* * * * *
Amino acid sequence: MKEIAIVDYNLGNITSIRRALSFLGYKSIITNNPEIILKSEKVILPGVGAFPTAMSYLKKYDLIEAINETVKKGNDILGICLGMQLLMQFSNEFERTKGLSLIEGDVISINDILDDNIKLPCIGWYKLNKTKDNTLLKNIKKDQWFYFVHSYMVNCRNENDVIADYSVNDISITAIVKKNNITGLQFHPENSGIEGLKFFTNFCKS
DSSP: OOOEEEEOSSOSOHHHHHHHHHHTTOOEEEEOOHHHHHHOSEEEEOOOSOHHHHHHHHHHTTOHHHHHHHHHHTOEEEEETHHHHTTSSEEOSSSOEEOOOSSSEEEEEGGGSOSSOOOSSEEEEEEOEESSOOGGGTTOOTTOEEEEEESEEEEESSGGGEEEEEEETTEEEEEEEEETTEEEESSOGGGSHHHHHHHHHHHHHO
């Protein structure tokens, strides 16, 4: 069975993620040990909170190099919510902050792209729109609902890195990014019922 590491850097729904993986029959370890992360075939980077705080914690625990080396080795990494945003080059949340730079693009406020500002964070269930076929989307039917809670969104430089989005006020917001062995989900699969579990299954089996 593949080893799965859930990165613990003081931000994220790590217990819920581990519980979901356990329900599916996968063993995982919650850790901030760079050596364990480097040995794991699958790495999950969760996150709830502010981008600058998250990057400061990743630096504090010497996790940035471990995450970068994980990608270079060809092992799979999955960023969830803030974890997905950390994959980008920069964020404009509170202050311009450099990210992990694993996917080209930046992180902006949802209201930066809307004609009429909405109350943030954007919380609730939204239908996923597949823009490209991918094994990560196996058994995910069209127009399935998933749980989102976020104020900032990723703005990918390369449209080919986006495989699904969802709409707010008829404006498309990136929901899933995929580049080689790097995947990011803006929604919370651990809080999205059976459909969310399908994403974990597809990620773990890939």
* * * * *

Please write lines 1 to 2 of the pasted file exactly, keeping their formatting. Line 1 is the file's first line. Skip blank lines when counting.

Amino acid sequence: MKEIAIVDYNLGNITSIRRALSFLGYKSIITNNPEIILKSEKVILPGVGAFPTAMSYLKKYDLIEAINETVKKGNDILGICLGMQLLMQFSNEFERTKGLSLIEGDVISINDILDDNIKLPCIGWYKLNKTKDNTLLKNIKKDQWFYFVHSYMVNCRNENDVIADYSVNDISITAIVKKNNITGLQFHPENSGIEGLKFFTNFCKS
DSSP: OOOEEEEOSSOSOHHHHHHHHHHTTOOEEEEOOHHHHHHOSEEEEOOOSOHHHHHHHHHHTTOHHHHHHHHHHTOEEEEETHHHHTTSSEEOSSSOEEOOOSSSEEEEEGGGSOSSOOOSSEEEEEEOEESSOOGGGTTOOTTOEEEEEESEEEEESSGGGEEEEEEETTEEEEEEEEETTEEEESSOGGGSHHHHHHHHHHHHHO